Bean aphis (Zoöl.), a plant louse (Aphis fabæ) which infests the bean plant. -- Bean fly (Zoöl.), a fly found on bean flowers. -- Bean goose (Zoöl.), a species of goose (Anser segetum). -- Bean weevil (Zoöl.), a small weevil that in the larval state destroys beans. The American species is Bruchus fabæ. -- Florida bean (Bot.), the seed of Mucuna urens, a West Indian plant. The seeds are washed up on the Florida shore, and are often polished and made into ornaments. -- Ignatius bean, or St. Ignatius's bean (Bot.), a species of Strychnos. -- Navy bean, the common dried white bean of commerce; probably so called because an important article of food in the navy. -- Pea bean, a very small and highly esteemed variety of the edible white bean; -- so called from its size. -- Sacred bean. See under Sacred. -- Screw bean. See under Screw. -- Sea bean. (a) Same as Florida bean. (b) A red bean of unknown species used for ornament. -- Tonquin bean, or Tonka bean, the fragrant seed of Dipteryx odorata, a leguminous tree. -- Vanilla bean. See under Vanilla.

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Bean

BEAN, noun A name given to several kinds of pulse, or leguminous seeds, and the plants producing them. They belong to several genera, particularly Vicia, Phaseolus and Dolichos. The varieties most usually cultivated are, the horse bean the mazagan, the kidney bean the cranberry bean the lima bean the frost bean etc. The stalk is erect or climbing, and the fruit generally roundish, oval or flat, and of various colors.

Malacca-beans. Anacardia, the fruit of a tree growing in Malabar, and other parts of the Indies. This fruit is of a shining black color, of the shape of a heart flattened, about an inch long, terminating at one end in an obtuse point, and at the other, adhering to a wrinkles stalk. In contains, within two shells, a kernel of a sweetish taste; and betwixt the shells is lodged a thick acrid juice.

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This book is a necessary part of daily growth and renewal of my mind with the word of God.

— Vangie (Marietta, Geo)

Word of the Day

importance

IMPORT'ANCE, n.

1. Weight; consequence; a bearing on some interest; that quality of any thing by which it may affect a measure, interest or result. The education of youth is of great importance to a free government. A religious education is of infinite importance to every human being.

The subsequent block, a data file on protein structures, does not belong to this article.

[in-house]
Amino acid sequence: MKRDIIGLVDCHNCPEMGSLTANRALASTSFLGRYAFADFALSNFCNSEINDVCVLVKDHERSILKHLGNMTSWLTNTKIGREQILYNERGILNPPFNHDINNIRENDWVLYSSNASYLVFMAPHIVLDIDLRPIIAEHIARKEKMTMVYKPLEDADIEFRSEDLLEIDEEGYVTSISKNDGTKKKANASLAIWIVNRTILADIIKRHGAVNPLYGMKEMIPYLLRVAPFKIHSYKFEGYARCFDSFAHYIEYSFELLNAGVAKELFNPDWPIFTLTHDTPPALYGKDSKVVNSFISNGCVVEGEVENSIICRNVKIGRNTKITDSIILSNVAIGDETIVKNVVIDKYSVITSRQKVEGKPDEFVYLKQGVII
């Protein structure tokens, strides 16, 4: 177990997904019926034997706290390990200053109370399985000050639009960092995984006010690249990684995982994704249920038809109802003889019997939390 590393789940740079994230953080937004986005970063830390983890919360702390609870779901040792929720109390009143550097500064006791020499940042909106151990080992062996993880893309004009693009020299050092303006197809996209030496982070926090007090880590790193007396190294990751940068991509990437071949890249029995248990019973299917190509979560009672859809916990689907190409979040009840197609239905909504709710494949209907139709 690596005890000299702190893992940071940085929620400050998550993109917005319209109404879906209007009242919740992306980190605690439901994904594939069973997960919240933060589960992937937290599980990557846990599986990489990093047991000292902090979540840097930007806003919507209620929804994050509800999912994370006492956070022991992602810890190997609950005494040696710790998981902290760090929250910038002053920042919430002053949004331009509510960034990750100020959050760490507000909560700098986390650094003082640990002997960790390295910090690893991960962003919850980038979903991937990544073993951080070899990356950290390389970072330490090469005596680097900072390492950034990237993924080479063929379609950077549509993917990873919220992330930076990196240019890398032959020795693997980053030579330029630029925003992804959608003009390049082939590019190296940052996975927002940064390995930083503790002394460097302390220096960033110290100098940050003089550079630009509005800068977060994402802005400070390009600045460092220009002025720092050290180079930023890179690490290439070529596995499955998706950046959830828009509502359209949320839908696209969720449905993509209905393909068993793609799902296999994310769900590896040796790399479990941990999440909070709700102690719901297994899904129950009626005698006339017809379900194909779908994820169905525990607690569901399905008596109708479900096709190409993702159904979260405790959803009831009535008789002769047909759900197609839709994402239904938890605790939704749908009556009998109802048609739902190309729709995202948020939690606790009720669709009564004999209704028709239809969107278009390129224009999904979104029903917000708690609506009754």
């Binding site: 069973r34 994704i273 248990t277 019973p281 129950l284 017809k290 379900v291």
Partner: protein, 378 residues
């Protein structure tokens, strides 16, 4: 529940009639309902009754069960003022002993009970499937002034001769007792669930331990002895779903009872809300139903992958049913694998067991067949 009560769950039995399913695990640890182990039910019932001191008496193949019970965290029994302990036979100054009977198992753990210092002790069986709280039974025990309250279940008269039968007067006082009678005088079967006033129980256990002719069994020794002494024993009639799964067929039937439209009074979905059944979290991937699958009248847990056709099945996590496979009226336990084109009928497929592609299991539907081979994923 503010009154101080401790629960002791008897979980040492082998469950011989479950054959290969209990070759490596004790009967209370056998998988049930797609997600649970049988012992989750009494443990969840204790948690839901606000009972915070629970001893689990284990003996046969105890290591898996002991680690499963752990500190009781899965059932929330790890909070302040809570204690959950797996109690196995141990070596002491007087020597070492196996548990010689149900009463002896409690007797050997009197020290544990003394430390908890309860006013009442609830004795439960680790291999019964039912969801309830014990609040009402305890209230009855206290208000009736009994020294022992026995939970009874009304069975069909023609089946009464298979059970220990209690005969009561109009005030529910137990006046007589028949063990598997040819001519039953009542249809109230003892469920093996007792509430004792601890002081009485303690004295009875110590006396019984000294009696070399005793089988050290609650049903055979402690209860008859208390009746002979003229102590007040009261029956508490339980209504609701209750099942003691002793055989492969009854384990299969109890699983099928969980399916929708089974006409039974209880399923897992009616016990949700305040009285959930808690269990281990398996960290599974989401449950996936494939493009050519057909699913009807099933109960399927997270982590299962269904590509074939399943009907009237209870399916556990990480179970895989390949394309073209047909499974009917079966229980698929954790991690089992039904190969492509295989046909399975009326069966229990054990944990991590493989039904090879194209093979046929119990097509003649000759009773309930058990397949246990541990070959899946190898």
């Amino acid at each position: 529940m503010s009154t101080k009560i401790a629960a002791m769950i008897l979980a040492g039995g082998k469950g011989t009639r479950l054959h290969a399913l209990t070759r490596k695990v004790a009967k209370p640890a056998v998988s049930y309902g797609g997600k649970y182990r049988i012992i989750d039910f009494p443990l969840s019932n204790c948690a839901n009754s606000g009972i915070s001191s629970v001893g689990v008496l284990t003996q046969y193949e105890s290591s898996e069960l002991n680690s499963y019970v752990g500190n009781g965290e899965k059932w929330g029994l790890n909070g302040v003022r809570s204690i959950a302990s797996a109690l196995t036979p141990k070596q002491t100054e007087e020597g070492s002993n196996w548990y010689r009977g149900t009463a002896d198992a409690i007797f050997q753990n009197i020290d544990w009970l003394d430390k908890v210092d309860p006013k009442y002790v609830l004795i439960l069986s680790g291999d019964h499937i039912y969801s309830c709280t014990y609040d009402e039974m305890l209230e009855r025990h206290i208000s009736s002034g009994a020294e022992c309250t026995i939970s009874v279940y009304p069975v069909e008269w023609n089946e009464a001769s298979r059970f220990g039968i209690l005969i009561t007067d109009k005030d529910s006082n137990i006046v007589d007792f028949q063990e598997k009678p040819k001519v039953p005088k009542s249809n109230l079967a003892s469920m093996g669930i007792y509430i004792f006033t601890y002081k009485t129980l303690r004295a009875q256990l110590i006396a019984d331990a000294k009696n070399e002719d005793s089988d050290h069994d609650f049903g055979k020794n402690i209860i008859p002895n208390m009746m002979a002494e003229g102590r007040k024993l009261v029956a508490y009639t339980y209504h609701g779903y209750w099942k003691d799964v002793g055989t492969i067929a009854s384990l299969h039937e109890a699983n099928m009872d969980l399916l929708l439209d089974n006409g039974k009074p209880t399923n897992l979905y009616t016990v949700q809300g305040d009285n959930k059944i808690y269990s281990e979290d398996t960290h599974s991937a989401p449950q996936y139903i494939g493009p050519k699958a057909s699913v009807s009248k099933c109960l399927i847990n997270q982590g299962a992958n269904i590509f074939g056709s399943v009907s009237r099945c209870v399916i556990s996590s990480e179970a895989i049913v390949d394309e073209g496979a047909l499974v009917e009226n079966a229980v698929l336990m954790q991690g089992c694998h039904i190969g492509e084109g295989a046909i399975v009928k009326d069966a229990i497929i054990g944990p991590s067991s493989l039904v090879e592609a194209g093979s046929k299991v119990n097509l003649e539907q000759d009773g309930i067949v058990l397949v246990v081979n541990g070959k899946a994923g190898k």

2. Weight or consequence in the scale of being.

Thy own importance know.

Nor bound thy narrow views to things below.

3. Weight or consequence in self-estimation.

He believes himself a man of importance.

4. Thing implied; matter; subject; importunity. [In these senses, obsolete.]

Random Word

stercorarian

STERCORARIAN, STERCORANIST, n. [L., dung.] One in the Romish church who held that the host is liable to digestion.

Noah's 1828 Dictionary

First dictionary of the American Language!

Noah Webster, the Father of American Christian education, wrote the first American dictionary and established a system of rules to govern spelling, grammar, and reading. This master linguist understood the power of words, their definitions, and the need for precise word usage in communication to maintain independence. Webster used the Bible as the foundation for his definitions.

This standard reference tool will greatly assist students of all ages in their studies.

No other dictionary compares with the Webster's 1828 dictionary. The English language has changed again and again and in many instances has become corrupt. The American Dictionary of the English Language is based upon God's written word, for Noah Webster used the Bible as the foundation for his definitions. This standard reference tool will greatly assist students of all ages in their studies. From American History to literature, from science to the Word of God, this dictionary is a necessity. For homeschoolers as well as avid Bible students it is easy, fast, and sophisticated.


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1828 Noah Webster Dictionary